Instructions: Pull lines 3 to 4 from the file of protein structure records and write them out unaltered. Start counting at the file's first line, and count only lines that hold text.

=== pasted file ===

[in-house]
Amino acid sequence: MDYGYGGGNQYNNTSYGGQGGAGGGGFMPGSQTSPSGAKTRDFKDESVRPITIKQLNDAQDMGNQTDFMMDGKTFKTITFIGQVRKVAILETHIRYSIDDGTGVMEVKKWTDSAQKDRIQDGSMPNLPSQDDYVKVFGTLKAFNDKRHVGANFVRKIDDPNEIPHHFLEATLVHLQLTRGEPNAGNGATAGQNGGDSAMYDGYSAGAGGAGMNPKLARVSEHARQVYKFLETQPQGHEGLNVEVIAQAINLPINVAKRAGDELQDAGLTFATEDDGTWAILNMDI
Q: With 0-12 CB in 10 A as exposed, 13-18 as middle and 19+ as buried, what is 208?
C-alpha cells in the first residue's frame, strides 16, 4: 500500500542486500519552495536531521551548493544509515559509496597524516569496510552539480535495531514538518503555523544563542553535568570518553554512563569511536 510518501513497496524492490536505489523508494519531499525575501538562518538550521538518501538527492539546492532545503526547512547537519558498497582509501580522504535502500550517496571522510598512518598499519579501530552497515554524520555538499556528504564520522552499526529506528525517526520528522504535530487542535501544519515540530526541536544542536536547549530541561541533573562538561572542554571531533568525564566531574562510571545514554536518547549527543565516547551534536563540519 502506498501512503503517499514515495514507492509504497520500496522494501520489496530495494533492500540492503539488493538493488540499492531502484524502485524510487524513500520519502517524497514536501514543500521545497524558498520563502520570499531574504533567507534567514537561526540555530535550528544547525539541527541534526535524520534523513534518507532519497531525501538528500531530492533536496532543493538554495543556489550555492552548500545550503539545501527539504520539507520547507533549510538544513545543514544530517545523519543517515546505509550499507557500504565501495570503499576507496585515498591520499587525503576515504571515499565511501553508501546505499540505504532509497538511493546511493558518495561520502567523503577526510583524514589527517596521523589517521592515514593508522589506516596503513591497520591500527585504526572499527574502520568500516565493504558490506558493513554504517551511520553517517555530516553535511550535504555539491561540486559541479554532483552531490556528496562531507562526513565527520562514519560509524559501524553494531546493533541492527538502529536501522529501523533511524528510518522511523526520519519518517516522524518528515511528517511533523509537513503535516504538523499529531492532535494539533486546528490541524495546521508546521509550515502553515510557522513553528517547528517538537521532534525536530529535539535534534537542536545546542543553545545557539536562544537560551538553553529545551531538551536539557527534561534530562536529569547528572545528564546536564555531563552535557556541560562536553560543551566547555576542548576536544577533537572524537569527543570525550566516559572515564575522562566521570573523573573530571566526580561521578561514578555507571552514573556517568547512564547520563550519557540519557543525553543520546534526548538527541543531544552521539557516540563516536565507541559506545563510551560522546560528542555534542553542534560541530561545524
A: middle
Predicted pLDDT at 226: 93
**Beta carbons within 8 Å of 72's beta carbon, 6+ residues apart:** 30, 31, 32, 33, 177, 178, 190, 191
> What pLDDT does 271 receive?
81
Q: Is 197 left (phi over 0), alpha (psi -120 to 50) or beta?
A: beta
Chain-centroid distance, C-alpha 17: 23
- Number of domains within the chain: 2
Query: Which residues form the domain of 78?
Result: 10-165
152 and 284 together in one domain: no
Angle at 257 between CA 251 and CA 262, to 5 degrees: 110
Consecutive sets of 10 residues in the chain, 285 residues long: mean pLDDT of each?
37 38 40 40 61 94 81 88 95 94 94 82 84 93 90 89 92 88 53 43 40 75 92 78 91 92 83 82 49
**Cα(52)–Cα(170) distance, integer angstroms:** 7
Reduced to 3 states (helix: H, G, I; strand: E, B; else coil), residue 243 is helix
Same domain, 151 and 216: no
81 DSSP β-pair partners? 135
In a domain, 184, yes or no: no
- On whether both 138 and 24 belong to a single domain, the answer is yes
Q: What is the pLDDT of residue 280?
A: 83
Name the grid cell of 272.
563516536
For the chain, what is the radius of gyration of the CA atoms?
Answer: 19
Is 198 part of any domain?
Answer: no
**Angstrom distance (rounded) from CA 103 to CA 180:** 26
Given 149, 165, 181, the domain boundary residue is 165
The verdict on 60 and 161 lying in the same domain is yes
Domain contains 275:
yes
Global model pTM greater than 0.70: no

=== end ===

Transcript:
Q: With 0-12 CB in 10 A as exposed, 13-18 as middle and 19+ as buried, what is 208?
C-alpha cells in the first residue's frame, strides 16, 4: 500500500542486500519552495536531521551548493544509515559509496597524516569496510552539480535495531514538518503555523544563542553535568570518553554512563569511536 510518501513497496524492490536505489523508494519531499525575501538562518538550521538518501538527492539546492532545503526547512547537519558498497582509501580522504535502500550517496571522510598512518598499519579501530552497515554524520555538499556528504564520522552499526529506528525517526520528522504535530487542535501544519515540530526541536544542536536547549530541561541533573562538561572542554571531533568525564566531574562510571545514554536518547549527543565516547551534536563540519 502506498501512503503517499514515495514507492509504497520500496522494501520489496530495494533492500540492503539488493538493488540499492531502484524502485524510487524513500520519502517524497514536501514543500521545497524558498520563502520570499531574504533567507534567514537561526540555530535550528544547525539541527541534526535524520534523513534518507532519497531525501538528500531530492533536496532543493538554495543556489550555492552548500545550503539545501527539504520539507520547507533549510538544513545543514544530517545523519543517515546505509550499507557500504565501495570503499576507496585515498591520499587525503576515504571515499565511501553508501546505499540505504532509497538511493546511493558518495561520502567523503577526510583524514589527517596521523589517521592515514593508522589506516596503513591497520591500527585504526572499527574502520568500516565493504558490506558493513554504517551511520553517517555530516553535511550535504555539491561540486559541479554532483552531490556528496562531507562526513565527520562514519560509524559501524553494531546493533541492527538502529536501522529501523533511524528510518522511523526520519519518517516522524518528515511528517511533523509537513503535516504538523499529531492532535494539533486546528490541524495546521508546521509550515502553515510557522513553528517547528517538537521532534525536530529535539535534534537542536545546542543553545545557539536562544537560551538553553529545551531538551536539557527534561534530562536529569547528572545528564546536564555531563552535557556541560562536553560543551566547555576542548576536544577533537572524537569527543570525550566516559572515564575522562566521570573523573573530571566526580561521578561514578555507571552514573556517568547512564547520563550519557540519557543525553543520546534526548538527541543531544552521539557516540563516536565507541559506545563510551560522546560528542555534542553542534560541530561545524